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    Plack::Middleware::TemplateToolkit - serve a pages via Template Toolkit


    use Plack::Builder;

    my $root = '/path/to/html_doc_root';

    builder {

        # Page to show when requested file is missing
        enable 'ErrorDocument',    #
            404 => "$root/page_not_found.html";

        # These files can be served directly
        enable 'Static',
            path => qr{\.(gif|png|jpg|swf|ico|mov|mp3|pdf|js|css)$},
            root => $root;

        enable 'TemplateToolkit',
            INCLUDE_PATH => $root,    # required
            pass_through => 1;        # delegate missing templates to $app


A minimal .psgi script as stand-alone application:

    use Plack::Middleware::TemplateToolkit;
    Plack::Middleware::TemplateToolkit->new( INCLUDE_PATH => "/path/to/docs" );


Enable this middleware or application to allow your Plack-based application to serve files processed through Template Toolkit (TT). The idea behind this module is to provide content that is ALMOST static, but where having the power of TT can make the content easier to manage. You probably only want to use this for the simplest of sites, but it should be easy enough to migrate to something more significant later.

As Plack::Middleware derives from Plack::Component you can also use this as simple application. If you just want to serve files via Template Toolkit, treat this module as if it was called Plack::App::TemplateToolkit.

You can mix this middleware with other Plack::App applications and Plack::Middleware which you will find on CPAN.

This middleware reads and sets the PSGI environment variable tt.vars for variables passed to templates. By default, the QUERY_STRING params are available to the templates, but the more you use these the harder it could be to migrate later so you might want to look at a propper framework such as Catalyst if you do want to use them:

  [% params.get('field') %] params is a L<Hash::MultiValue>
  [% request.parameters.field %] configured with request_vars => ['parameters']

A full example application is included in this module in the exmple directory.


You can use all configuration options that are supported by Template Toolkit (INCLUDE_PATH, INTERPOLATE, POST_COMP...). See Template::Manual::Config for an overview. The only mandatory option is INCLUDE_PATH to point to where the templates live.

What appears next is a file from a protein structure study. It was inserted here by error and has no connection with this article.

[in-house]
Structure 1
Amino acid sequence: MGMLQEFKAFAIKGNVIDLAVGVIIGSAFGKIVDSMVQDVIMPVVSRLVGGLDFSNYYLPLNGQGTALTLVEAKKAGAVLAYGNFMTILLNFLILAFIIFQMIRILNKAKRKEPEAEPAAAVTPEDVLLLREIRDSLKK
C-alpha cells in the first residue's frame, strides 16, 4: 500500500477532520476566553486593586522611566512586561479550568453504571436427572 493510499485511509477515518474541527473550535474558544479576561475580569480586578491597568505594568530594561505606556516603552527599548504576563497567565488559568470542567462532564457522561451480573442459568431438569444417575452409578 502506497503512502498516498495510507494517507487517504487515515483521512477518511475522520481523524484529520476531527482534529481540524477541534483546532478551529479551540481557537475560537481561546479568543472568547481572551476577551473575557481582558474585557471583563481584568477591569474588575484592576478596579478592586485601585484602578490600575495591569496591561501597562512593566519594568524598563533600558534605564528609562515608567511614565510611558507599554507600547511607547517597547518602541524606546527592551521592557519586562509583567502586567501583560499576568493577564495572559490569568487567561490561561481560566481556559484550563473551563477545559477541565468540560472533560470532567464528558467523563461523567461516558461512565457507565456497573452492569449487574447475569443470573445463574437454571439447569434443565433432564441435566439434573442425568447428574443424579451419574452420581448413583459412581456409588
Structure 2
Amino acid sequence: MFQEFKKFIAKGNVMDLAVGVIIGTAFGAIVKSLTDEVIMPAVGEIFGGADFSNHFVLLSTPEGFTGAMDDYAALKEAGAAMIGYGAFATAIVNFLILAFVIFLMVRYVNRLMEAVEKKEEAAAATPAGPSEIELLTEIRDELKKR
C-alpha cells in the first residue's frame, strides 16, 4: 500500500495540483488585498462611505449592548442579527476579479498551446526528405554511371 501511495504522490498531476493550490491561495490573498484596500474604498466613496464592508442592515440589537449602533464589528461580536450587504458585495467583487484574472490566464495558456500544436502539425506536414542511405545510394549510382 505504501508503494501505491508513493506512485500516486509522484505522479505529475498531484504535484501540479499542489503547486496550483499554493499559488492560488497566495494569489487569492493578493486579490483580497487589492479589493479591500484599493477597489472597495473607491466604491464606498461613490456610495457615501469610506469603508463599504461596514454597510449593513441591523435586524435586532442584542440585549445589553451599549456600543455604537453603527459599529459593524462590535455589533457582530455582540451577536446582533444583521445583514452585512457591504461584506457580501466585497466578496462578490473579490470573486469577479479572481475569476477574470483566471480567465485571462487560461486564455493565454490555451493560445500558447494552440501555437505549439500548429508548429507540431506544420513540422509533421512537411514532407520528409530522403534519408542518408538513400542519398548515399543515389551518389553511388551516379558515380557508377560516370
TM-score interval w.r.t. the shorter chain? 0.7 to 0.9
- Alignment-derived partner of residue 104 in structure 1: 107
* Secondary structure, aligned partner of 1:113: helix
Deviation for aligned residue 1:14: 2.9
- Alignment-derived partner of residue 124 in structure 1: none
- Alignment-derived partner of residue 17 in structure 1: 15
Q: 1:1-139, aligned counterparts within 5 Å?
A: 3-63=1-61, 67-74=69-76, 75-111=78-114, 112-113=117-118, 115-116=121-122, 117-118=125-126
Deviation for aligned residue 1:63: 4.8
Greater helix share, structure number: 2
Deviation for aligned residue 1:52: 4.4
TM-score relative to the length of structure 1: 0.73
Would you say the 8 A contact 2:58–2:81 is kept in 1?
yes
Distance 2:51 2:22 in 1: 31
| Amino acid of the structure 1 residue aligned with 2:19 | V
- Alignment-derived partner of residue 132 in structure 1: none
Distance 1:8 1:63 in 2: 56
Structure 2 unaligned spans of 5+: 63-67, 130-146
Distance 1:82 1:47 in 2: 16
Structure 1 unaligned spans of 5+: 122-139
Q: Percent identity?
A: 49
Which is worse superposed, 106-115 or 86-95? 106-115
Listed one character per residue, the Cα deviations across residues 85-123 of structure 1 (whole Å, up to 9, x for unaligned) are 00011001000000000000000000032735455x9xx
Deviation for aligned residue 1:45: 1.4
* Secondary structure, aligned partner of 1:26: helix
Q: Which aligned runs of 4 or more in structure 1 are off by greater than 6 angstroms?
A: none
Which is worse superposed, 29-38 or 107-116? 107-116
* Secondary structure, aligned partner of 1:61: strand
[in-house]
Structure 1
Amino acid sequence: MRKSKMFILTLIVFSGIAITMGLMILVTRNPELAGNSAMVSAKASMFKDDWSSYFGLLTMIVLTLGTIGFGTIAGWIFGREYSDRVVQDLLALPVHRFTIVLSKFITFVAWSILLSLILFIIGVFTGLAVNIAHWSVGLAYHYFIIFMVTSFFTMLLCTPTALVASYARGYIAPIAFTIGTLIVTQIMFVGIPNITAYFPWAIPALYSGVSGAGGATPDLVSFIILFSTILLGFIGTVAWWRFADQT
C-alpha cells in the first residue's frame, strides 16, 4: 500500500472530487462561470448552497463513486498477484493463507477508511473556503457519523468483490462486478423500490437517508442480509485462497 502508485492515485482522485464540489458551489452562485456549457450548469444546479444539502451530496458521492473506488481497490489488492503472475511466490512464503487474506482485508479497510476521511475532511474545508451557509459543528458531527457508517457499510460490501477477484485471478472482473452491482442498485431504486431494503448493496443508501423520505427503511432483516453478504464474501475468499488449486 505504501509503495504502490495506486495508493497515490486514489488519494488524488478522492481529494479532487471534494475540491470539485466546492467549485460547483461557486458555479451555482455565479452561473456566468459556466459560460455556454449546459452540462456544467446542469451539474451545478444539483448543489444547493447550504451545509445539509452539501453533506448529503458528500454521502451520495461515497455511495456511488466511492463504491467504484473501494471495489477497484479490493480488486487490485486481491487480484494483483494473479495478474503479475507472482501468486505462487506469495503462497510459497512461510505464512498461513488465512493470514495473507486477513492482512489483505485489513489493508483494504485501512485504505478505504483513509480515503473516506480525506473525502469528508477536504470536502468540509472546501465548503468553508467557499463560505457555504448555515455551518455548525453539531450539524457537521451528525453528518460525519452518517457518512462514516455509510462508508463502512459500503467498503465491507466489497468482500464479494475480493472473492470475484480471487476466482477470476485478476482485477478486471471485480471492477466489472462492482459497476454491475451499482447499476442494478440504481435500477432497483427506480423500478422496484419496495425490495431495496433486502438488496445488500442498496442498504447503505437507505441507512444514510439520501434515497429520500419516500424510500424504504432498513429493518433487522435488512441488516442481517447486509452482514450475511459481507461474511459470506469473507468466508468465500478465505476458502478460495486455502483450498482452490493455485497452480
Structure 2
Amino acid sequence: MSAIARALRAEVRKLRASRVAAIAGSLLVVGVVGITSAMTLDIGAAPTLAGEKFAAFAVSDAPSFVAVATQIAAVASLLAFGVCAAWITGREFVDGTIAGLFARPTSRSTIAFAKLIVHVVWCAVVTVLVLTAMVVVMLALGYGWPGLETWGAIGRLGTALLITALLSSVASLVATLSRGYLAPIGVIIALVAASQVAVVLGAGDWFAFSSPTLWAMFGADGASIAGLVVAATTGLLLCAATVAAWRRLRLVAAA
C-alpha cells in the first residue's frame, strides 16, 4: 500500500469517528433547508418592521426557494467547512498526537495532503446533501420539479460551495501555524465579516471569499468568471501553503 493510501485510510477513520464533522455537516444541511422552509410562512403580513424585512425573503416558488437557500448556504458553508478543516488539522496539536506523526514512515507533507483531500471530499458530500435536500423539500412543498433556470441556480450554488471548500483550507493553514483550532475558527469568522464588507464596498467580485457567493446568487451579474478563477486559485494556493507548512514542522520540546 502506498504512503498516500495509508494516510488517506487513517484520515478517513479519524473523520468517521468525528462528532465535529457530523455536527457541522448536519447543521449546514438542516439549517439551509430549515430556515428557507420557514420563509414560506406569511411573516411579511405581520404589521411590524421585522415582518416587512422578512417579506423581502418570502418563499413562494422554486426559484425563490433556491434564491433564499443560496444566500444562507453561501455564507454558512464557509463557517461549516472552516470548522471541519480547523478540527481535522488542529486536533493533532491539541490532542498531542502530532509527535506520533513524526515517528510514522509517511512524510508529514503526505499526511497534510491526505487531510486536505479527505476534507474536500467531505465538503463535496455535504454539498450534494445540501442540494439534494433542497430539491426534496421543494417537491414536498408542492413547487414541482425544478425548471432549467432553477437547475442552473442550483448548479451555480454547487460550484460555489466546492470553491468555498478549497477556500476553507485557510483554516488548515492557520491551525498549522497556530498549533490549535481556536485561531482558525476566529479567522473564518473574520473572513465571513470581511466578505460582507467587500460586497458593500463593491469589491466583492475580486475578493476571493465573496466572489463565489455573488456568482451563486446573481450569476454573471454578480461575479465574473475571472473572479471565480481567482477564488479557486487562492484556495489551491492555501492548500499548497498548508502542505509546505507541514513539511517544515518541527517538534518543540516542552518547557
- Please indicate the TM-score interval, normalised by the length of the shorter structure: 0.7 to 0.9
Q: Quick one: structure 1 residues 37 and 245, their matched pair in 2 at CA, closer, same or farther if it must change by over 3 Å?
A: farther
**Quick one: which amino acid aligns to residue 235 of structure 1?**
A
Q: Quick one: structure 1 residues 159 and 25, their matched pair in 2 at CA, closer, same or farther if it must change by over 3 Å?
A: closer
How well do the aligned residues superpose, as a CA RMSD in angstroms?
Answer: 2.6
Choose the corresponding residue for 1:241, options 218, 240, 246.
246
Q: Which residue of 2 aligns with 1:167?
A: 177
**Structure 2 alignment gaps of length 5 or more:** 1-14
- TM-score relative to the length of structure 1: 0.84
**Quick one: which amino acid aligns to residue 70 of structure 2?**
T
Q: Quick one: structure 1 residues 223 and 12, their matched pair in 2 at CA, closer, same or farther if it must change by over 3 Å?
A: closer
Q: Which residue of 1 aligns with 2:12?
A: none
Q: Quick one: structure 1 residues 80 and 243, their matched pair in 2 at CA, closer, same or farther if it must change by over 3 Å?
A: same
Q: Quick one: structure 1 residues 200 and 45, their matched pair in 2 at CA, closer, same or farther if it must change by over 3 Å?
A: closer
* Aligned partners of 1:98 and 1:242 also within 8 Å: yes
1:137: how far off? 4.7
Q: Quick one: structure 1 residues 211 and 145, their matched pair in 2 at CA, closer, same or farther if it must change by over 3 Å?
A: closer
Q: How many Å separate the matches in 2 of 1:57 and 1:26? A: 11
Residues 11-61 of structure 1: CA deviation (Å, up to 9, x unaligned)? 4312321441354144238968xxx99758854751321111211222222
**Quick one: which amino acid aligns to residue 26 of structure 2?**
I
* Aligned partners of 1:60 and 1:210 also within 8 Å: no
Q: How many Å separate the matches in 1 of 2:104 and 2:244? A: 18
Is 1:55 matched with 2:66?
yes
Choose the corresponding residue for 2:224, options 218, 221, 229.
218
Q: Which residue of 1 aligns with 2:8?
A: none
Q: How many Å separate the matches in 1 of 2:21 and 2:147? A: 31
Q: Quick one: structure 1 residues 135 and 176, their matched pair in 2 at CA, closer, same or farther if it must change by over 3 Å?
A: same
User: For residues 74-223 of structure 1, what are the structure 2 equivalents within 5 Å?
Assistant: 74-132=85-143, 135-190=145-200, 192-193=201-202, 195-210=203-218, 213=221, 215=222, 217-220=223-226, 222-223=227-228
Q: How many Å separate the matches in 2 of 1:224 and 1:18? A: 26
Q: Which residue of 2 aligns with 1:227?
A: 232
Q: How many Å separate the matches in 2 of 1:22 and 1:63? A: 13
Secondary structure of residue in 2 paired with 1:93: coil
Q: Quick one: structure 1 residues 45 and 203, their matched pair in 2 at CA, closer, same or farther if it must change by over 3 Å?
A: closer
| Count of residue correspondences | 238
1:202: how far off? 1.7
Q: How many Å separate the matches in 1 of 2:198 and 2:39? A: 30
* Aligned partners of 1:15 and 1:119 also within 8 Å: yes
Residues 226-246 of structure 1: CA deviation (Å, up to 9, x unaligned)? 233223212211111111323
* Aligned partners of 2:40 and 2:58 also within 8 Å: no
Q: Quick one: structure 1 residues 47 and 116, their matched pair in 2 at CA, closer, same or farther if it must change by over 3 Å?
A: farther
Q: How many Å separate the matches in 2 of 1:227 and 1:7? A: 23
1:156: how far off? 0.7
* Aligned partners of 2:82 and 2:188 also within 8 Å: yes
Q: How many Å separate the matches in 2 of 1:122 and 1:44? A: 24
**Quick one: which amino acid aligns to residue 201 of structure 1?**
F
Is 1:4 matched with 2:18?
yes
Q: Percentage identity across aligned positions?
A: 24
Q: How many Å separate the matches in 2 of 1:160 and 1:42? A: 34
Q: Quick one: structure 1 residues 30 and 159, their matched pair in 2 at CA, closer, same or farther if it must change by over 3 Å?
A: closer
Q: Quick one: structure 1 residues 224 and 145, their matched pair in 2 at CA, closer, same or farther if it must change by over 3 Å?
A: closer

Specifies an URL pattern or a callback to match with requests to serve templates for. See Plack::Middleware::Static for further description. Unlike Plack::Middleware::Static this middleware uses '/' as default path. You may also consider using Plack::App::URLMap and the mount syntax from Plack::Builder to map requests based on a path to this middleware.


Limit to only files with this extension. Requests for other files within path will result in a 404 response or be passed to the next application if pass_through is set.


Specify the Content-Type header you want returned. If not specified, the content type will be guessed by Plack::MIME based on the file extension with default_type as default.


Specify the default Content-Type header. Defaults to to text/html.


Which file to use as a directory index, defaults to index.html.


Specify a hash reference with template variables or a code reference that gets a Plack::Request objects and returns a hash reference with template variables. By default only the QUERY_STRING params are provided as 'params'. Templates variables specified by this option are added to existing template variables in the tt.vars environment variable.


Specify a list of request variables from Plack::Request to be collected in a template variable 'request'. For instance ['path','base'] gives you the template variables request.path and request.base. Setting this parameter to 'all' gives you the original Plack::Request object, but this is unstable, bad practice because the object may change and your templates may damage the request object.